“Do not jeopardize your life. You are smart enough to have the best education possible, which will definitely ensure you a long life,” I reassured him. On earth, kids went to school, as we did in the spacecraft. But the lessons taught were different and specifically tailored to meet the ends of the era. They were taught how to keep in the best possible shape, in order for their organs to have the best price in the market. They did not learn much about history, or mathematics. They were useless to the organ donor class. The elite was still taught history, mathematics, physics and all those lessons that the poor kids would never need. He refused to settle to a life of pure survival, he told me. He refused to accept what he had been taught was his fate.
“So, you do understand the necessities of the laws?”
I certainly do. But I do understand Alex’s point too. What he did not seem to accept is that some people are luckier than others. It’s all about luck. Or fate, if you prefer. You don’t get to choose whether you are born or not, nor your parents. You don’t get to choose the era during which you are born, the events of your time, the natural disasters, the political landscape. Nor do you choose whether you are born rich or poor. It’s all a matter of luck. Or fate. Some people cannot live with this thought. They are unable to accept it. They are willing to fight against windmills to prove it wrong. They believe they are free. They believe they can choose their own path. That was Alex.
He promised to communicate when he would arrive at the community, somewhere at the foothills of Olympus, but I’ve never heard of him after he left, searching for them. The experiment ended before I had a chance to tell a proper goodbye.
“You do realize, Mr. Smith, that all your questions about the experiment after so many years, brought you to the unfortunate position you are now.”
For a while I doubted my mental health, thinking I was crazy. How else could I explain all those vivid memories of Alex, if Alex did not exist? Further investigation proved me sane, yet the knowledge, unfortunately, came with a price. A price I am now willing to pay. I may not be the smart person I thought I was after all.
“We will explain everything to you, Mr. Smith. You will die knowing the answers. Was it truly worth it? Do you really think it was wise to jeopardize your life for an uncomfortable and useless truth?”
My naive questions about the experiment led me to the spacecraft’s prison. At first, I did not know why, but it became clear with time. Interrogation after interrogation, I’ve finally come to realize that the experiment I participated in during childhood was not about bonding at all. It was not about helping us find a meaning either. It was actually a simple test. Alex was only an imaginary character they made up to test my faith. Yet that imaginary person presented the truth to me. The truth about time thieves, who are willing to steal other people’s life to elongate theirs. All in the name of the law. They stole labor in the past, they now steal organs. They pay for them, so people are not considered slaves. Yet they leave no option. You either conform or die. The time thieves of old times never disappeared, nor did slaves. Perhaps human civilization is not actually about progress. Perhaps it’s only about inventing new ways of stealing other people’s time. About developing the subtle art of stealing time. Alex told me the truth, for me not to believe in it.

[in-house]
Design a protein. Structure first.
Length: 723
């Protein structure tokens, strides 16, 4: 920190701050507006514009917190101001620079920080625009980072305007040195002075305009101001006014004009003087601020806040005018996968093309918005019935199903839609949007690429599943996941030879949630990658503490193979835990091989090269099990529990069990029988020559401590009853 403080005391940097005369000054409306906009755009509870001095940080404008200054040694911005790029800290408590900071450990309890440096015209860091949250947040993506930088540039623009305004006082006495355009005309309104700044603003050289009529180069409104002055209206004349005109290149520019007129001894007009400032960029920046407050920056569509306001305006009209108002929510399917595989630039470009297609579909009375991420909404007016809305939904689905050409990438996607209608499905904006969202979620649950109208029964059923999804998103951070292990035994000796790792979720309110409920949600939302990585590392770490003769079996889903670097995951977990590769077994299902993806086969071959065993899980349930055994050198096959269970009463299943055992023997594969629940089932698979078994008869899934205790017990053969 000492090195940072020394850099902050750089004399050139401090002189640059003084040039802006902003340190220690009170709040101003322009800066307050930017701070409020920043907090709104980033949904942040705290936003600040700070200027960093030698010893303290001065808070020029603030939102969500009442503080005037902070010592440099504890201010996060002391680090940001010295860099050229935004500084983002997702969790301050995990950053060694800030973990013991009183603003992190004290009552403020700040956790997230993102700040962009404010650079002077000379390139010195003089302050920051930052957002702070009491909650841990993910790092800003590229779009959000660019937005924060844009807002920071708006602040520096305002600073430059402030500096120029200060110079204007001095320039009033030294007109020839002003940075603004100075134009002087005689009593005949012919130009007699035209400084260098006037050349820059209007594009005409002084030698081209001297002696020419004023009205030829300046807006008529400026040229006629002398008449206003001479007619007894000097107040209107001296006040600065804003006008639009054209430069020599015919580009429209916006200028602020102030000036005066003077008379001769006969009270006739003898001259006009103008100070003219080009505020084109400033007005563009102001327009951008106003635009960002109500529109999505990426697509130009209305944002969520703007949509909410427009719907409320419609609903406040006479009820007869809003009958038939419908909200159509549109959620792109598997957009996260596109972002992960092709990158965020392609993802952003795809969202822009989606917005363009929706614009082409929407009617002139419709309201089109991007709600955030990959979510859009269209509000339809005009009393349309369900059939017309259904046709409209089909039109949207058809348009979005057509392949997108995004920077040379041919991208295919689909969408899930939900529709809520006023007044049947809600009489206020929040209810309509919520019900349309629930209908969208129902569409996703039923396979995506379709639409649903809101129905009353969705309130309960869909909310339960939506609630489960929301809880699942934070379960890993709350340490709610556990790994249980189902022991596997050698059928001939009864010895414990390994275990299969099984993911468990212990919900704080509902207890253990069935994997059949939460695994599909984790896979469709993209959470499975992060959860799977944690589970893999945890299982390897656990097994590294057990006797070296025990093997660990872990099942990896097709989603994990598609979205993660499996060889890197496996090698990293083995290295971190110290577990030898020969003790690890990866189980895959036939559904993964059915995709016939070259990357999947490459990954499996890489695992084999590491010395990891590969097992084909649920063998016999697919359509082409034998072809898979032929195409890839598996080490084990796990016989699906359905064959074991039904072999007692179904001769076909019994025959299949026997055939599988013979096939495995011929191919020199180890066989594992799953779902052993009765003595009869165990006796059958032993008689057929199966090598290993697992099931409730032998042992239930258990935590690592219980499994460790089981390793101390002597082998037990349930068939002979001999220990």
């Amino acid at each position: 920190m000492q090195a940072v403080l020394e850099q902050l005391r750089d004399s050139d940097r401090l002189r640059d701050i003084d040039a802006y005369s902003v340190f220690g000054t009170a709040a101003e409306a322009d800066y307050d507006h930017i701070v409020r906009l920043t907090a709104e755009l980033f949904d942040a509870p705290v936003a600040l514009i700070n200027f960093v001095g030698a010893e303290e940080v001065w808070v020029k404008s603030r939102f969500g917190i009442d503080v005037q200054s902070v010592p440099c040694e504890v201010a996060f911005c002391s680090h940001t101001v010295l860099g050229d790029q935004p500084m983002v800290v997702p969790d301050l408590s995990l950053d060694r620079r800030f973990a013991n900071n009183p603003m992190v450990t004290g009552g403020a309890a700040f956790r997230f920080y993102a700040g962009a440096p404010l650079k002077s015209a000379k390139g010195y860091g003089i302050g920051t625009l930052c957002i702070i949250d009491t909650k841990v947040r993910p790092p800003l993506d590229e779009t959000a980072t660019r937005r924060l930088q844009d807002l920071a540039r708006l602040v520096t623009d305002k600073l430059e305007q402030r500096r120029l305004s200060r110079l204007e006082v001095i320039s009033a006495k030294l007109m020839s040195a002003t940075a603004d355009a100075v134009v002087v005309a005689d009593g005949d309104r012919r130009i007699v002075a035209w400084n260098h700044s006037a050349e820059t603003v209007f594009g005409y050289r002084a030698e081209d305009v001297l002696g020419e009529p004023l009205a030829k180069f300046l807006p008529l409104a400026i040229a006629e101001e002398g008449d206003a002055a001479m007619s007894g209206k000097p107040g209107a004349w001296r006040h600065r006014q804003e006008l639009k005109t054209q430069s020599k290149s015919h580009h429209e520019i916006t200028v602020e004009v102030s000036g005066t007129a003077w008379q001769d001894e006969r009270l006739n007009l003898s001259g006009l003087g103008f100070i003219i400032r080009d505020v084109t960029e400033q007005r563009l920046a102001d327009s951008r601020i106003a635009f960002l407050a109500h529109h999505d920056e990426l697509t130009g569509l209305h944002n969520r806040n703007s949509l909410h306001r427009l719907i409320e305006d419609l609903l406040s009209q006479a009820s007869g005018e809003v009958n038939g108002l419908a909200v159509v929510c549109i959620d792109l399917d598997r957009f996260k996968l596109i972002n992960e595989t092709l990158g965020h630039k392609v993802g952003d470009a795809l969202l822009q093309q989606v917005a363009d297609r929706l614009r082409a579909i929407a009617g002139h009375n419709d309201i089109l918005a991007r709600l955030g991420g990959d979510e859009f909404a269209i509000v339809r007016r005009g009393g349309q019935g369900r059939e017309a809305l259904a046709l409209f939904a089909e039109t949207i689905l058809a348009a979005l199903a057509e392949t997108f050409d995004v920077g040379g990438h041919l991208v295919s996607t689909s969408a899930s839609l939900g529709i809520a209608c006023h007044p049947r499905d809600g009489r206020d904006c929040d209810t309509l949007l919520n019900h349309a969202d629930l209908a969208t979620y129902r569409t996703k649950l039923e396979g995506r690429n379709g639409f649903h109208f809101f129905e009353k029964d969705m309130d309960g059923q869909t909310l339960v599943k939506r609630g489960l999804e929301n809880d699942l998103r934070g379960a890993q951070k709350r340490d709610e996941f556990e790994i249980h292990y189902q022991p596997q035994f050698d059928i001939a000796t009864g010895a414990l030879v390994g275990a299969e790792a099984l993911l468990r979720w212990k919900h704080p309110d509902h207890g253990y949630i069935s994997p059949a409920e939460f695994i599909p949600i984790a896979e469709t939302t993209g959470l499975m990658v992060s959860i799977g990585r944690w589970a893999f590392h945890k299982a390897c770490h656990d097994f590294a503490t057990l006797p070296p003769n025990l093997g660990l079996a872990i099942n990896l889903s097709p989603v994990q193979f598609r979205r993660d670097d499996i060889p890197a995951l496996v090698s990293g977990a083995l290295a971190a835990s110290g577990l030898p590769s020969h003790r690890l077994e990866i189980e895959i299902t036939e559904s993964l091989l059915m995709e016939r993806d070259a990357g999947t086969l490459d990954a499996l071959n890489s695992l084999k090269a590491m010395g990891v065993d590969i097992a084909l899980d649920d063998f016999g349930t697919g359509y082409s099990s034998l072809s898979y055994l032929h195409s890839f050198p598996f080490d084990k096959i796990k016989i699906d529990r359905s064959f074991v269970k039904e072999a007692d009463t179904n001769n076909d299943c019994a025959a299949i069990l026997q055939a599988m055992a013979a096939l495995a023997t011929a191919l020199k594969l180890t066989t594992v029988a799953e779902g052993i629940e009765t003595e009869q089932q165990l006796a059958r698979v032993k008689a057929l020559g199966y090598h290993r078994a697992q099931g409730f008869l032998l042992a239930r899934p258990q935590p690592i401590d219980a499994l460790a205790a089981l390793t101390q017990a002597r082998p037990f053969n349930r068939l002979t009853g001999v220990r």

“It took you very long, but you finally failed the test.”
The police officer presents the verdict. Which means I’m doomed. I am no longer part of the crew. My organs are not that useful in my body any more. Perhaps, they will be used to elongate the life of somebody more optimistic than me, the life of a believer. I am officially considered a doubter now. Doubters, or aspiring doubters must be identified, for the mission to be accomplished. Only few people committed suicide back then; most of them were executed, accused of doubting. I don’t really understand why though, considering the fact that current methods of suicide do not affect organ transplantation possibilities. Once you lose faith, you easily surrender to despair. Those persons would kill themselves sooner or later after or all.
With the corner of my eye, I take a glimpse of an old show that is playing on a screen on the officer’s desk, mostly as background noise, a show my ancestors used to watch on television. These shows have always been freely available to all of us, as a memory of the old world, as a reminder of our tradition. I hear the laughter and I almost laugh myself at a joke I have not even properly heard. And then it hit me. The goal has always been to keep our spirit high. Doubters bring pessimism, instilling doubt in others. It is now crystal clear to me that they must eradicate them. Most people unconsciously conform to the team’s emotions. That’s why in the past, they had people applauding and laughing in sitcoms.
The audience in the show now applauds. I can’t help but stand up and take a bow to thank them.
Mileva Anastasiadou is a neurologist, living and working in Athens, Greece. Her work can be found or is forthcoming in many journals and anthologies, such as the Molotov Cocktail, Foliate Oak, Maudlin house, Menacing Hedge, Midnight Circus, AntipodeanSF, Big Echo:Critical SF, Jellyfish Review and others.
Photo credit: Johnny Hughes via Flickr, All Creative Commons. Image is of a blue painted fence with the words “Your Utopia My Dystopia” graffitied in white spray paint with some tags.